Universal Studios was the king of horror in its early decades, responsible for portraying everything from The Wolf Man to The Mummy, Dracula, and of course, Frankenstein’s monster. Of all Universal’s early horror successes, one title stands out as a classic film above the others -- James Whale’s Bride of Frankenstein (1935). In the rare ilk of sequels better than their predecessor, Bride of Frankenstein boasted a beautiful matrimony of gothic horror, shocking imagery, touching sentiment, and unexpected humor. It is a pleasurably balanced film that crosses genres in a way so few films had yet attempted by ‘35.

Whale manages to build upon his first film and shrewdly shuffle between terror and timidity in the monster’s demeanor, demanding empathy from the viewer at the same time working to cause fright. Frankenstein’s monster enters the film’s plot immediately following the closure of the first movie. After having drowned a little girl, villagers chased the monster to a mill and burned it down, assuming they killed him. They didn’t, of course, and the monster’s first two victims in Bride are the drowned girl’s parents. Opening the film with immediate violence throws the viewer off-kilter -- we never expect the depth of narrative that is to come by the film’s conclusion, and certainly don’t think we’ll walk away with empathy for the beast. He is still very much a monster at the start. Roger Ebert referred to the film as “the best of the Frankenstein movies--a sly, subversive work that smuggled shocking material past the censors by disguising it in the trappings of horror. Some movies age; others ripen. Seen today, Whale's masterpiece is more surprising than when it was made because today's audiences are more alert to its buried hints of homosexuality, necrophilia and sacrilege. But you don't have to deconstruct it to enjoy it; it's satirical, exciting, funny, and an influential masterpiece of art direction.”

That is Whale’s ultimate stroke of genius in Bride of Frankenstein. By shifting the story to focus on the monster’s loneliness, we begin to forgive his actions as being the crazed behavior of an inhuman creation that doesn’t know any better. As we unearth his desire for a companion, the monster learns to talk, albeit in brief and staccato phrases. It is enough that we see beyond the surface of the creature: Frankenstein didn’t just create a monster, he created a person.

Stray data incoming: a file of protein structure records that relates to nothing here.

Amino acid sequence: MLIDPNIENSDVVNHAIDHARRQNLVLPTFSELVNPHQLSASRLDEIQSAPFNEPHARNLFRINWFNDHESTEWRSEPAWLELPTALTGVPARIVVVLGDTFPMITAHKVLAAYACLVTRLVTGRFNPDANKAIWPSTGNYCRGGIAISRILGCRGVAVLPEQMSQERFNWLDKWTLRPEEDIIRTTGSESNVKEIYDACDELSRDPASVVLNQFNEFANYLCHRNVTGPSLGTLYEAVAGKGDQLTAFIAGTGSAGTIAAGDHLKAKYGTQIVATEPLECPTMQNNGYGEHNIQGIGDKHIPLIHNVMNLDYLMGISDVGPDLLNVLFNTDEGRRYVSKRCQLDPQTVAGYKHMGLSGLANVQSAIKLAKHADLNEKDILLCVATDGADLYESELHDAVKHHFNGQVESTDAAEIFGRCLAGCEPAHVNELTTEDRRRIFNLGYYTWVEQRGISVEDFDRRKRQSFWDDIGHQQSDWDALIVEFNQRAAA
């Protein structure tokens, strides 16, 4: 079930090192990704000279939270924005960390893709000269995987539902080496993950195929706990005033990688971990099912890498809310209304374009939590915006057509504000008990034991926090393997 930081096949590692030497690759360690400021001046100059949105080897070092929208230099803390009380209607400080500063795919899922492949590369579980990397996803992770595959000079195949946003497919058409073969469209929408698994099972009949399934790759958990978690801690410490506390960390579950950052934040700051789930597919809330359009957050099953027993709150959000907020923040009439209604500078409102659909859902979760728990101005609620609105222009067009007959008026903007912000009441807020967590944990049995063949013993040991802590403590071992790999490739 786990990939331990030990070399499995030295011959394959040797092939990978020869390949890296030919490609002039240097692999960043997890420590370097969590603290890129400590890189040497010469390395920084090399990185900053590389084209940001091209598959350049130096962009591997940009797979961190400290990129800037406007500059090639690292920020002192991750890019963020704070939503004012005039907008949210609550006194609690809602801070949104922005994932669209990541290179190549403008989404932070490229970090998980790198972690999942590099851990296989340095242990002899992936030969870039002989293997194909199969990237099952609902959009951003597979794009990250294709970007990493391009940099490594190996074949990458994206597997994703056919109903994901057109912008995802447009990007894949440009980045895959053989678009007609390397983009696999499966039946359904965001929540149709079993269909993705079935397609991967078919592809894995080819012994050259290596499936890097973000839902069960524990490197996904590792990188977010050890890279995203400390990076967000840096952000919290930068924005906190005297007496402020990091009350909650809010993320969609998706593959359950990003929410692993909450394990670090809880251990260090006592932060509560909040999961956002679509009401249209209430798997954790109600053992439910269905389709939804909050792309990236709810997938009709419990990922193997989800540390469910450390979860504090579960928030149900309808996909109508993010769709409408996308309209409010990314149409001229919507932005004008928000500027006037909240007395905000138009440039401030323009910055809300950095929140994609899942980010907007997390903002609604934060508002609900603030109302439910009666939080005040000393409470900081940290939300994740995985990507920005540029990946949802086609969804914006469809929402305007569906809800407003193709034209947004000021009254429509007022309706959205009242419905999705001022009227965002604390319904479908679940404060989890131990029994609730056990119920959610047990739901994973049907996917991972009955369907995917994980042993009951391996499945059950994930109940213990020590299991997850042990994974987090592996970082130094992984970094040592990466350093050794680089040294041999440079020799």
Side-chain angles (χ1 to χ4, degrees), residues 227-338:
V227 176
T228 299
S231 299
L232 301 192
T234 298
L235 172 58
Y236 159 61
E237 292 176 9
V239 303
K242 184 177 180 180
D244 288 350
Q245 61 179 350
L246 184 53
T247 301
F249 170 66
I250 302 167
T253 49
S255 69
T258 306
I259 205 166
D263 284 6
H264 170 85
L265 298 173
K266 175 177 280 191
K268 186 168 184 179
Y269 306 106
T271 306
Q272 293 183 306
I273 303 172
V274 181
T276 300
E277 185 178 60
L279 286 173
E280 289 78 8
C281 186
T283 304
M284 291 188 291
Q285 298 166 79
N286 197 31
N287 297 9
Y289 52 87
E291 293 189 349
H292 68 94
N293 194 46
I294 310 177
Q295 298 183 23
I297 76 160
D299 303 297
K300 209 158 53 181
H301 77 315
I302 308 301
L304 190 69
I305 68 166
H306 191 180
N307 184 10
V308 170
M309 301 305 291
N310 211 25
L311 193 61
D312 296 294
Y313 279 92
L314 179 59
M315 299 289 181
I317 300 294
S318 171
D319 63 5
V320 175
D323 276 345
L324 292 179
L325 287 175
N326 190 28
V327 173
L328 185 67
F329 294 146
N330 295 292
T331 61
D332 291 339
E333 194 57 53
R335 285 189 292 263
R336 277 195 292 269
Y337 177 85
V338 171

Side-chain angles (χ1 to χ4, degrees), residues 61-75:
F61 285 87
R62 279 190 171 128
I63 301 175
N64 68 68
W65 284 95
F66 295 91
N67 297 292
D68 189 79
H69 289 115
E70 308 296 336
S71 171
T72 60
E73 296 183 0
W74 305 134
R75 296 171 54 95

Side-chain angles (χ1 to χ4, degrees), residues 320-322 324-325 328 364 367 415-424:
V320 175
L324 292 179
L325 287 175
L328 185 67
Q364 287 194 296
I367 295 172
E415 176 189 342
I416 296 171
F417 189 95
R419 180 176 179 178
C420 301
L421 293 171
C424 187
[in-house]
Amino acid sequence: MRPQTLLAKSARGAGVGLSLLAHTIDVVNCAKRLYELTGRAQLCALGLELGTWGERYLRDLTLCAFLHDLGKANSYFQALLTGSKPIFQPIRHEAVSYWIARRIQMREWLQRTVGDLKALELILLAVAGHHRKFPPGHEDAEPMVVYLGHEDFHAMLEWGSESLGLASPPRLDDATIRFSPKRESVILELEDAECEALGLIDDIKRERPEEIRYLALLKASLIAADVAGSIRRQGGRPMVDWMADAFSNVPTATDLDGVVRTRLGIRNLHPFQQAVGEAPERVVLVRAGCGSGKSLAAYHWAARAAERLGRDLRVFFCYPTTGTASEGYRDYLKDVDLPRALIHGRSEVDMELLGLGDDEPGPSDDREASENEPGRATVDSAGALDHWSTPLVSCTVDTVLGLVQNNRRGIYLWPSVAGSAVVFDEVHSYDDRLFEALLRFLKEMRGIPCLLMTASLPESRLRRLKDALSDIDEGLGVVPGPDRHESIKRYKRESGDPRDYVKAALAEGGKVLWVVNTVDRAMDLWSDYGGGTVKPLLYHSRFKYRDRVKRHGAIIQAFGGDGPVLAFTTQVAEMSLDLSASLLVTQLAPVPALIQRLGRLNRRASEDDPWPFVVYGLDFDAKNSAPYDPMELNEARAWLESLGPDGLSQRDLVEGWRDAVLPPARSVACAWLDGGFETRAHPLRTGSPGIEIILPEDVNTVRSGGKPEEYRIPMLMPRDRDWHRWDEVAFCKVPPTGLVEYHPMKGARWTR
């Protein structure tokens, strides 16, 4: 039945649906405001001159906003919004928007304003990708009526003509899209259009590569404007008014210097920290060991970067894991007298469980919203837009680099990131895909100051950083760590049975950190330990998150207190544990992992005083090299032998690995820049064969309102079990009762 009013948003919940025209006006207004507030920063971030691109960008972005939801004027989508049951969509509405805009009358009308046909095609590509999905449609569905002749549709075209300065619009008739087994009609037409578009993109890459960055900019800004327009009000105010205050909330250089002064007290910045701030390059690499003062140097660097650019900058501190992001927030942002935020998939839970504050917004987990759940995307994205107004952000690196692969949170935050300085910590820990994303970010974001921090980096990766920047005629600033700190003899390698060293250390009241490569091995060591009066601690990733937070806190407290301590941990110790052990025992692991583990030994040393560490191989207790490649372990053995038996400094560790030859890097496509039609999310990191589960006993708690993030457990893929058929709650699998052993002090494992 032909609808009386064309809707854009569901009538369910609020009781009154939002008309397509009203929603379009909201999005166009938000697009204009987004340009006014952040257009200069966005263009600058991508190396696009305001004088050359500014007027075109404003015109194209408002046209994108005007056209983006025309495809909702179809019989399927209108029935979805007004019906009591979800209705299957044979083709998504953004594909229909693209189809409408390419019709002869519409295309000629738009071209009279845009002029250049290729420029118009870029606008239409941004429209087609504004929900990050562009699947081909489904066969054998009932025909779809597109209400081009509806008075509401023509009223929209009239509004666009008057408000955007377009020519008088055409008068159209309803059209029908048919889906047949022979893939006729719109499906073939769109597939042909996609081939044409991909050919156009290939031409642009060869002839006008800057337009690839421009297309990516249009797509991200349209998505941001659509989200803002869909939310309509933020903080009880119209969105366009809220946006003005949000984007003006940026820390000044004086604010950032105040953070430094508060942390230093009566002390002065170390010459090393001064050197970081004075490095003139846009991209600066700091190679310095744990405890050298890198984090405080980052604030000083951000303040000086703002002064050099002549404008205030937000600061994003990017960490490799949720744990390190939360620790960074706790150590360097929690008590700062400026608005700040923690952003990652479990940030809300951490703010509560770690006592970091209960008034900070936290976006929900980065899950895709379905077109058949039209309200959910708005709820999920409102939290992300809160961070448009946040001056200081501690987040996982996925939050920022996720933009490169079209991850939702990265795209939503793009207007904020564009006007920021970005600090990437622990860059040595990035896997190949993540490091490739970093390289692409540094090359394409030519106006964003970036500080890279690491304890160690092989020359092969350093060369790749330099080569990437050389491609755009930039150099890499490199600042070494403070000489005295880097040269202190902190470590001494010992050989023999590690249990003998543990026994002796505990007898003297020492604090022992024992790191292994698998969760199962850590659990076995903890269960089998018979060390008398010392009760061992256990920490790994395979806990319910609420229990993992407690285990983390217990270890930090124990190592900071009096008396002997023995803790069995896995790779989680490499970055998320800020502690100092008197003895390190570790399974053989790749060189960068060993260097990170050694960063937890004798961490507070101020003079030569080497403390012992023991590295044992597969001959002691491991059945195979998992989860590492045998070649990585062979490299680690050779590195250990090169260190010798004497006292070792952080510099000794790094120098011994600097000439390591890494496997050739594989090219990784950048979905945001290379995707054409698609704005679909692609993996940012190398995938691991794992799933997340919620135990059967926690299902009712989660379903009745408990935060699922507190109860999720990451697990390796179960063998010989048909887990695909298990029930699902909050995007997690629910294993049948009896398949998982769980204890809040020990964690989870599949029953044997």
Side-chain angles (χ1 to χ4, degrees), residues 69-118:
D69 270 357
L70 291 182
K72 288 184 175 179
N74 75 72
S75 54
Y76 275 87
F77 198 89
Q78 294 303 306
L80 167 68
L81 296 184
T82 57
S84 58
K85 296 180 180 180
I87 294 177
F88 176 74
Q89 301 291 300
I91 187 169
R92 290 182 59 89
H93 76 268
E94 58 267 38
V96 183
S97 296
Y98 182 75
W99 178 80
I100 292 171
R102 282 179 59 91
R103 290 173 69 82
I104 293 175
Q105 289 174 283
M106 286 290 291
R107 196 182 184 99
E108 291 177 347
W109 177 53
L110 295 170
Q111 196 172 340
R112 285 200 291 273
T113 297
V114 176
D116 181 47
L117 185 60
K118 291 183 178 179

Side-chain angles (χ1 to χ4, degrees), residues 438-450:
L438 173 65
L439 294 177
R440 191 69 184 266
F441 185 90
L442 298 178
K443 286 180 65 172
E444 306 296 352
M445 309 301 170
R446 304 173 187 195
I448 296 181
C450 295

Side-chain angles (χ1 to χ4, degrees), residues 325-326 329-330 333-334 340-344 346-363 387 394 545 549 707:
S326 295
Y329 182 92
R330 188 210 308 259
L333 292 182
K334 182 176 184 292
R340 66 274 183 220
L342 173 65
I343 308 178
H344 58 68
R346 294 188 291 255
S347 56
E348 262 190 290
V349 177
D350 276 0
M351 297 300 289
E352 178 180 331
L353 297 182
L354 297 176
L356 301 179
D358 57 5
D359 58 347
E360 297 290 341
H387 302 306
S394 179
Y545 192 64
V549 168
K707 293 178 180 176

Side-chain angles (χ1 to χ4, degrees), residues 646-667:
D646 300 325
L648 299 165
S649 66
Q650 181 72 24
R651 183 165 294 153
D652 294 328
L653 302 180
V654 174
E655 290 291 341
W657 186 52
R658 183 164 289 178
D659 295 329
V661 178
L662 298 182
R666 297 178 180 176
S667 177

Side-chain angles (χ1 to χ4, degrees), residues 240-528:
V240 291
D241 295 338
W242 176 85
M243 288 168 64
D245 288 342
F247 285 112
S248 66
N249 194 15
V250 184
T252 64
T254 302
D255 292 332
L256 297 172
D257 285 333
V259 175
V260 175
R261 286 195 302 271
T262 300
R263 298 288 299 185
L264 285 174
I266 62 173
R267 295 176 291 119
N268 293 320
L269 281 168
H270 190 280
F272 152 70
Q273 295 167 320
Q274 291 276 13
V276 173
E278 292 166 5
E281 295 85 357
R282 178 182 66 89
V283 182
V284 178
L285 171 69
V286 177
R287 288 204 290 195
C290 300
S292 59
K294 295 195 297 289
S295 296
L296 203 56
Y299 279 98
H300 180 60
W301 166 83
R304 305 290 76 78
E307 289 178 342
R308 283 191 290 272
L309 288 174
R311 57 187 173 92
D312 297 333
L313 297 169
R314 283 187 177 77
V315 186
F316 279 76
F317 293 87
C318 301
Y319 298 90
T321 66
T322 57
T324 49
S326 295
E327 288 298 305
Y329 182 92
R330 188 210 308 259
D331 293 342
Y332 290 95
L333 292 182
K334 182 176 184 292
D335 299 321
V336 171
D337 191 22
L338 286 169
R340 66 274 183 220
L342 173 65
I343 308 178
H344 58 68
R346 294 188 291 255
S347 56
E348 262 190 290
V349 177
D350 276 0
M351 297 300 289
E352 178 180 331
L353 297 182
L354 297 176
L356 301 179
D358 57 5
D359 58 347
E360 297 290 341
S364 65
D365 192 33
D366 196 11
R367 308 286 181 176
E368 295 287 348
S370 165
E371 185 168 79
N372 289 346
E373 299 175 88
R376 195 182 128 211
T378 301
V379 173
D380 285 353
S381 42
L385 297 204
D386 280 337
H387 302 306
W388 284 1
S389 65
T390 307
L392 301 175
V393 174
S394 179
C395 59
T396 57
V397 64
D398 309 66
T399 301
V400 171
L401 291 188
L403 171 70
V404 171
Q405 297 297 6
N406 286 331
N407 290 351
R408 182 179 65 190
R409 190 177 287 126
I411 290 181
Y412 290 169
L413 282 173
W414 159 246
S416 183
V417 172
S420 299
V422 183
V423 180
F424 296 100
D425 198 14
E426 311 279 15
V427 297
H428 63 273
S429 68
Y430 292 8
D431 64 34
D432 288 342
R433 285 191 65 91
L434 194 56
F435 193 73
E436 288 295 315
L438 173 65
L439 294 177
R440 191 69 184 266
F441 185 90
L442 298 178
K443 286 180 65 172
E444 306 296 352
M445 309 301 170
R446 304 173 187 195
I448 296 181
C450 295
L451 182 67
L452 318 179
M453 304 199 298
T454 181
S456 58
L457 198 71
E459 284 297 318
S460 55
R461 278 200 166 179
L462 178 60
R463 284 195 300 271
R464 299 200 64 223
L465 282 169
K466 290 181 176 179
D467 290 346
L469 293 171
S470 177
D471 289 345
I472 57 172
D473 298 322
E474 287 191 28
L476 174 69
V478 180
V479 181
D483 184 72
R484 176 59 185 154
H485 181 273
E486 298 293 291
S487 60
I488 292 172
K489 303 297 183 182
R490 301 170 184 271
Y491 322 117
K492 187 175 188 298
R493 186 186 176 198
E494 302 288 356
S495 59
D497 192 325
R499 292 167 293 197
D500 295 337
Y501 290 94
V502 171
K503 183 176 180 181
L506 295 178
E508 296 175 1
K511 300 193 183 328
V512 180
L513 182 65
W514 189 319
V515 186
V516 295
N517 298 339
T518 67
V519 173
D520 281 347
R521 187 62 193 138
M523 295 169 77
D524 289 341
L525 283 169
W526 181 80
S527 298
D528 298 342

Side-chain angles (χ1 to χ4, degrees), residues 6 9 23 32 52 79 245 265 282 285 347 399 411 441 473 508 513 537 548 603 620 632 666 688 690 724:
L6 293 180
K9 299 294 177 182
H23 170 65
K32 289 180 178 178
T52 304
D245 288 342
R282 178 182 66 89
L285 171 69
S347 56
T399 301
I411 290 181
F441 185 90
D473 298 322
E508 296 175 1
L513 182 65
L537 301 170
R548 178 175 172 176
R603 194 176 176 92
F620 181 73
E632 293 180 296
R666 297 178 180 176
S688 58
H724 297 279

Dr. Frankenstein (Colin Clive), also presumed dead after the events of the first film, survived as well. Having been scarred by the experience, he vows to give up his hobby of playing god and settle down with his lady Elizabeth (Valerie Hobson). That works for a minute, until the introduction of Dr. Pretorius (Ernest Thesiger).

Pretorius is a parody of evil villains before there were evil villains to parody. He is chock full of camp and carries himself in dedicated “mad scientist” mode. He attempts to recruit Dr. Frankenstein to assist him in reanimating more corpses. Frankenstein refuses until Pretorius reminds him he’s an accessory to multiple murders, and blackmails help from the reluctant doctor.

Pretorius crafts one of the film’s two overtly comedic scenes. Wishing to show Frankenstein his erstwhile results in reanimating dead tissue, he brings about a number of glass jars. Each contains a tiny homunculus dressed in satirical clothing, running around and squawking with the voice of a small mouse. One of them even contains a mermaid. "Alone," he tells Frankenstein, "you have created a man. Now, together, we will create his mate." The special effects of the scene are fabulous, especially for 1935, and the way Pretorius delivers the kooky material with absolute conviction drives it home.

The second openly humorous scene is also one of its most touching, when Frankenstein’s monster stumbles into the hut of a poor, hermited, blind musician (O.P. Heggie). The blind man has been alone so long, he thanks God for the company. The monster is equally overjoyed to find a companion incapable of judging him by appearance, and the two become friends. This musician is the one who teaches the monster to speak; also, to drink wine and smoke. As the two sit and bond, the monster, holding a cigar, delivers lines like “Smoke. Good!” The shocking nature of the comedy maintains its humor even today while the scene simultaneously juggles the film’s mounting pathos, evolving into the monster’s declaration: “I want friend like me.”

Mocking the flaws of humanity is the foundation of Bride of Frankenstein’s sense of humor, as well as the more superficial comedy from elements like Frankenstein’s housekeeper Minnie (Una O’Connor), who shrieks like a banshee on more than enough occasions. That said, the film isn’t without its genuine moments of horror. Frankenstein’s monster dispatches ten people throughout the picture, and Whale’s spooky atmosphere pulls all the haunting cinematography and surrealist imagery one expects from horror inspired by German Expressionism.

Joyless Creatures writes, “Bride of Frankenstein is miraculously able to make us care for a mass of flesh who experiences firsthand the cruelty and loneliness inherent to being alive. Somehow, in the trappings of a vivid horror-comedy, James Whale is able to make a humanist masterpiece on the painful difficulties of finding understanding in our world, making Bride of Frankenstein one of the most agile and beguiling concoctions Hollywood has ever offered.”

Countless horror films are indebted to Bride of Frankenstein’s ingenuity and blend of genres that create its unique pacing and style. The film contains all the spooks and scares of true horror yet, by the film’s conclusion, Pretorius has taken place as the film’s villain over the monster. The monster is the tragic hero of the piece, having been bestowed both a friend and a bride only to have them both taken away from him.